I know it is hard for people to do certain things. Maybe for one it is telling the truth, for another it is confronting her sister for something she had done. Sometimes, it is stopping something bad that is happening in front of you. Because how can you believe that stuff right? That an evil thing is going on at that time and place wherever you are. And you are not doing anything about that. In Deadgirl (2008) this is what was happening with the teenager Rickie (Shiloh Fernandez) and his friend JT (Noah Segan). When you google the movie title, what first greets you is this summary:
A nasty surprise awaits two teenage friends (Shiloh Fernandez, Noah Segan) who find a naked woman (Jenny Spain) in an abandoned mental hospital.
Darn right it was a nasty surprise.
While it was surprising that there had been a naked woman in an abandoned mental hospital, what was more surprising was how the boys reacted. While Rickie tried staying away, JT remained where they found what (or who?) they called Deadgirl (Jenny Spain).
At this point of the movie, everyone in the class is like “WHAT?!”
JT was practically living there at the hospital. And what was he doing? He was messing with Deadgirl. And by “messing” I meant… you know. He wanted Deadgirl as his sort of passive-aggressive sex slave. Here was another movie showing how boys can become something else when faced with a helpless girl. Yes, Deadgirl seemed like a zombie but at least for me, I can’t help but think she was there in the movie to represent girls who are held captive and have no choice but to be treated that way by men. Deadgirl seemed to be the monster at first, being the zombie in a mental hospital and all, but really the monster here were the boys. It wasn’t only JT who was using her for sexual pleasure, it was also his other friends (or not-friends) Wheeler (Eric Podnar), Johnny (Andrew DiPalma), and Dwyer (Nolan Gerard Funk). Even Rickie, who did nothing with her but let this go on for long anyway, had a role with objectifying a girl… a dead girl at that.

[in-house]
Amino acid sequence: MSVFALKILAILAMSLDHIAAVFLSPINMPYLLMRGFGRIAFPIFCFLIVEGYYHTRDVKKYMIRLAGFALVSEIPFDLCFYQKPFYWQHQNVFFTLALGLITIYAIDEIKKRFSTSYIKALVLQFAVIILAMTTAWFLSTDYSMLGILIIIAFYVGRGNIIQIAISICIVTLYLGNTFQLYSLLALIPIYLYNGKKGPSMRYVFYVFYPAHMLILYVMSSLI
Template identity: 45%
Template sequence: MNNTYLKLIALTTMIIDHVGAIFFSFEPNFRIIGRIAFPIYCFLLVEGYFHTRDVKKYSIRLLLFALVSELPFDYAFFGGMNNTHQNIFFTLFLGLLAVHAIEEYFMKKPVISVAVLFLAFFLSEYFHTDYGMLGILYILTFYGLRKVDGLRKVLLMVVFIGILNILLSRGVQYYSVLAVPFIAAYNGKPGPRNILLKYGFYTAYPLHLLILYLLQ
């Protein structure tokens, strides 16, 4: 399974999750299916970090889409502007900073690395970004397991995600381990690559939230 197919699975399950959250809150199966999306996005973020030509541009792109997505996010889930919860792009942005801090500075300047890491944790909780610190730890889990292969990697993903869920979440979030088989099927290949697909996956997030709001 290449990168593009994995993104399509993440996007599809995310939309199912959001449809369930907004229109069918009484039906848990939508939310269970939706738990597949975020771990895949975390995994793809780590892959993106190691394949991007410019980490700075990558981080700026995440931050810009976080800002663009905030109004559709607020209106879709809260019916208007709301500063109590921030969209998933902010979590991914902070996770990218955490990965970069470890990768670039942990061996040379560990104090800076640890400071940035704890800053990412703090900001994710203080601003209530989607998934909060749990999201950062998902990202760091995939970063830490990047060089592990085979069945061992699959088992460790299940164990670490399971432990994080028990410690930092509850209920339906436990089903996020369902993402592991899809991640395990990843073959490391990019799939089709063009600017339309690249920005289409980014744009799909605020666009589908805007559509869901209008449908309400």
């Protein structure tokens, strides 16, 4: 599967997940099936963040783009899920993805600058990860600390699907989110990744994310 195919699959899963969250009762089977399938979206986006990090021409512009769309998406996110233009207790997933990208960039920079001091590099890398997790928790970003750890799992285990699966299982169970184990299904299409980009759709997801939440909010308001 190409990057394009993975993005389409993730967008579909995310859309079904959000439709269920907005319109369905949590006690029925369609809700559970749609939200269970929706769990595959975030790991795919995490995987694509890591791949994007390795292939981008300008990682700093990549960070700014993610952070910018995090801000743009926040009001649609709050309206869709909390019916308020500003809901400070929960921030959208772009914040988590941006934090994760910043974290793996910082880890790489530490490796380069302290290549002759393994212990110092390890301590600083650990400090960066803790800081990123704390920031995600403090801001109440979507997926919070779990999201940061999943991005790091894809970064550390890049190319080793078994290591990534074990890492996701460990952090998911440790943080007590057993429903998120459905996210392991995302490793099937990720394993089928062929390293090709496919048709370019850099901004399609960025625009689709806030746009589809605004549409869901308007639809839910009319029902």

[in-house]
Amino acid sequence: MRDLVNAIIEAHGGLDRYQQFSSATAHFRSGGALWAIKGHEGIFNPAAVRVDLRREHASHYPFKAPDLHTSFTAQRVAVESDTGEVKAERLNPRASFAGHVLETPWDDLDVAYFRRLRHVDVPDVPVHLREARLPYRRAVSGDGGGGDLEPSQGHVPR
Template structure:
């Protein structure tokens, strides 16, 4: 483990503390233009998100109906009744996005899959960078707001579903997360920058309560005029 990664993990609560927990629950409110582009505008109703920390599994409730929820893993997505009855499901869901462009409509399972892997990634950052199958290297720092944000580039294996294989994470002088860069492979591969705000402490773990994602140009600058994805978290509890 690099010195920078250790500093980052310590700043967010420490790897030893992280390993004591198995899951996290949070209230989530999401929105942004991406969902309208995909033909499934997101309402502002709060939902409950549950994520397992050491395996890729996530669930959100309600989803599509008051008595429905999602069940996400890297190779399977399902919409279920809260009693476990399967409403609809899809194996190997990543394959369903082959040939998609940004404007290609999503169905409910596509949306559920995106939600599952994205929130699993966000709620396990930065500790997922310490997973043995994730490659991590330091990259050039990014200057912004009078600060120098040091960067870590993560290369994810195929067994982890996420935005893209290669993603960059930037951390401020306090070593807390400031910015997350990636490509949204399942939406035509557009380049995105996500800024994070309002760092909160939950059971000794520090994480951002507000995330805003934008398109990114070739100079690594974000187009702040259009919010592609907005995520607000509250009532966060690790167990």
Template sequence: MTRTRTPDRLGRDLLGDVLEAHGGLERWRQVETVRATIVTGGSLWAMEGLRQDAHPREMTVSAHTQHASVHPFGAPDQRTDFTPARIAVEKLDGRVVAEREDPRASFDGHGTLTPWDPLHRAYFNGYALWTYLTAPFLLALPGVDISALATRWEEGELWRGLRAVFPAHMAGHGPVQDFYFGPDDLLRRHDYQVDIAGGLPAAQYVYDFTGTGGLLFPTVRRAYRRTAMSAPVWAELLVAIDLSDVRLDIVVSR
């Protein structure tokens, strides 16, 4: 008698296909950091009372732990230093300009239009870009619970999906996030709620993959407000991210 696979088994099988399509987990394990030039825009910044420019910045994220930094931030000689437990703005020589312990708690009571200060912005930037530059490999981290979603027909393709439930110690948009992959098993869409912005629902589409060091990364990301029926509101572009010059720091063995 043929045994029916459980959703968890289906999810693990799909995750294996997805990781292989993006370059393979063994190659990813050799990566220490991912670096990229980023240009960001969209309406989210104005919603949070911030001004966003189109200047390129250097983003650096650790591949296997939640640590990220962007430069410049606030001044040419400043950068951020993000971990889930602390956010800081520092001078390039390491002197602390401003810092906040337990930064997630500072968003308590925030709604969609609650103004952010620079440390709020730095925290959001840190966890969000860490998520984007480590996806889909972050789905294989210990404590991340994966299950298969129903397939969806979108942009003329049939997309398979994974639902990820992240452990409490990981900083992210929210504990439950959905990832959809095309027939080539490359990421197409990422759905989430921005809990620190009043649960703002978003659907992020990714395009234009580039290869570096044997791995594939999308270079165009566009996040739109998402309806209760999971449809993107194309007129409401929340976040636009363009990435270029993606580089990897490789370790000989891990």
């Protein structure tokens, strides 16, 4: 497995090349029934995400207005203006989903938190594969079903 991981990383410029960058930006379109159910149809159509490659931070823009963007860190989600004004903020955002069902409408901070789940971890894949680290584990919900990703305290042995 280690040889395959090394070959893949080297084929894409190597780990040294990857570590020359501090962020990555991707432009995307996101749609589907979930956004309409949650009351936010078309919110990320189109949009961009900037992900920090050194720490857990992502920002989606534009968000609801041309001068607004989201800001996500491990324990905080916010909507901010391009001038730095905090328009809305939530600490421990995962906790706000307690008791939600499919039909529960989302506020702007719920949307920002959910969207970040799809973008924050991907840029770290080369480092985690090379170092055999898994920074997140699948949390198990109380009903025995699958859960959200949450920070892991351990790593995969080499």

Deadgirl had literally been reduced to a dead girl’s body, an object. She was being used by the boys who were craving for something primal—sexual pleasure and satisfaction. The boys used Deadgirl as an object for their “needs.” Perhaps the “dead” in “Deadgirl” signified how she was not alive as a female—she was dead, an object to be used, her dignity as a human removed from her. What was worse was it was not just Deadgirl, but the other girls in the movie like Joann (Candice King) who were being set up as characters meant to do as what the boys wanted. Johnny was upset that Joann was not living up to his expectations or something so he went and used Deadgirl for that.
It is really sad how this fictional movie could translate to what is happening with our society up until today. Women are still being objectified everywhere, being objects of men’s need to satisfy or prove their masculinity. Women are forced to go into prostitution, they are catcalled everywhere, sexual crimes are the fault of the victims who are usually women. The male gaze does not only apply to the visual arts and literature. It is pretty much alive in the real world. Women were meant to be used by men. None of the characters in the movie, and a lot of the population of the real world are not set on eliminating this situation or doing anything. Rickie was passive, kept saying “stop it!” a million times but really, what did he do to stop it? Same as all the self-proclaimed feminists out there. They keep posting on social media or whatever preaching about this issue, that it must be stopped and women are humans too. While that is a noble cause, some people just stop at doing that. When faced with the issue face to face, for example a girl got catcalled on her way home and this person witnessed it but did not do anything but later on posted on Facebook about it, what exactly are you doing? Yes that dude might have been raising awareness for such a reality. But what I am saying is, do not stop at that, folks.
While awareness is important in fighting this sad situation, that is not all we should do. It is scary enough that objectification is happening largely upon women, but it’s even terrifying for us if people are aware of it and choose not to do something (like Rickie for the longest time). Guys, let’s do something about this. Start in our own little ways—perhaps telling catcallers off? Or checking your brother’s views on women? You tell me.
Wow, this horror film got me talking about feminism in a span of more than around 900 words. I would just like to end this by saying I liked this film because of how #woke it is and made me want to do something for us females of this world. It got me scared into action for all of us. A+ for this movie, y’all.